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Crisis in Niger

An infestation of locusts that decimated crops, the worst drought in 15 years, and Niger's government keeping grain prices too high for too long have now caused a region in the brink of a crisis.

Worst of all, the world wasn't paying attention, or donating much money.

It was a crisis-in-the-making that should have been averted, says Mark Malloch Brown, chief of staff to the U.N. secretary-general. "What is happening was largely foreseeable as early as November," he says.

But despite appeals for donations then, the Asian tsunami and then the violence-plagued famine in the Darfur region of Sudan diverted attention from Niger.

“We do find it hard to deal with more than one crisis,” says Malloch Brown.

In fact, it wasn't until British television aired reports last month that Niger was seen as a place in desperate need. Now, a crisis that could have been treated last year for about a dollar for each person in need will now cost eight times that much, and perhaps thousands of lives.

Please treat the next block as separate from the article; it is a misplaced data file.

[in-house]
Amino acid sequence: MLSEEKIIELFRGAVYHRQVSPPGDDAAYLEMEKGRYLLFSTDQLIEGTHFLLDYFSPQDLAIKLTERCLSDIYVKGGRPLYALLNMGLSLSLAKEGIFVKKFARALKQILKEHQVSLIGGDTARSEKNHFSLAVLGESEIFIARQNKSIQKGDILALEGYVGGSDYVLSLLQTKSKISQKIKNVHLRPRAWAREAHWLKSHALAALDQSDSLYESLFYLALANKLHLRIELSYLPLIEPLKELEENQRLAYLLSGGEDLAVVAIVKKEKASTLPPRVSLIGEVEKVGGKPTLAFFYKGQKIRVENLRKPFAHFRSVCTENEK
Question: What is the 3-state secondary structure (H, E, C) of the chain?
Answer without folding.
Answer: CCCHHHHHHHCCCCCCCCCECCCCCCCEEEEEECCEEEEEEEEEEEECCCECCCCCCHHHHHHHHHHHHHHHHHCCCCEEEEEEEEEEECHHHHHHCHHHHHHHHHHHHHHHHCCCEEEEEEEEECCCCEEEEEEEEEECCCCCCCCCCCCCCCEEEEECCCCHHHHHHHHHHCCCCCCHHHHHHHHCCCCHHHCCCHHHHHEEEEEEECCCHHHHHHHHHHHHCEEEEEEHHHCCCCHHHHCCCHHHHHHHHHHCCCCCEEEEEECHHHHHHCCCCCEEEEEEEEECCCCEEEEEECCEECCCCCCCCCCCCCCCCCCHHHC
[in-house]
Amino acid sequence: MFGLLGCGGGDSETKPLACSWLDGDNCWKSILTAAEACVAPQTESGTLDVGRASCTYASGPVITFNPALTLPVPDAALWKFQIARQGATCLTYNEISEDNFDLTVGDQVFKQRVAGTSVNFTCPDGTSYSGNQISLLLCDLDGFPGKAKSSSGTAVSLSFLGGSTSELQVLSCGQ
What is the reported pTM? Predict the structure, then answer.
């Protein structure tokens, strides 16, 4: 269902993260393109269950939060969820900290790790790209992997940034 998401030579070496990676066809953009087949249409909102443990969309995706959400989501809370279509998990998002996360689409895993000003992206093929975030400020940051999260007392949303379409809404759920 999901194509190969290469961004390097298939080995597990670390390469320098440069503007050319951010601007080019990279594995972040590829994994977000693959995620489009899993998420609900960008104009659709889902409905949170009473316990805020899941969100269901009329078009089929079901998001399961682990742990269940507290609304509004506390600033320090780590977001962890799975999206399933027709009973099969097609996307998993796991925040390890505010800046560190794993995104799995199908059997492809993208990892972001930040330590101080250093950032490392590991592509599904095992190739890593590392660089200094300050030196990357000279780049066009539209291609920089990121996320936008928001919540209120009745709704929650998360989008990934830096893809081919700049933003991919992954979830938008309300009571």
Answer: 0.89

Death by hunger
Dominic MacSorley, a veteran aid worker with Concern Worldwide, says fully half the children surveyed are at risk of starvation.

"Is it famine?  Is it not famine? What's actually happening is there are 2 1/2 million people in Niger who are severely hungry,"  says MacSorley.

Easier to help
In a country that's not at war and has no problems of access, people are hungry to the point of death because help simply didn't get there quickly.

"It's one of the easier countries [to help]. It's one of the countries that we shouldn't have let slip," says MacSorley.

To keep Niger from slipping again, aid groups are developing health, water and food for work programs to build up the community's resilience and resistance to having another crisis.

But the focus right now is to get enough food to enough people fast to prevent starvation deaths on a massive scale.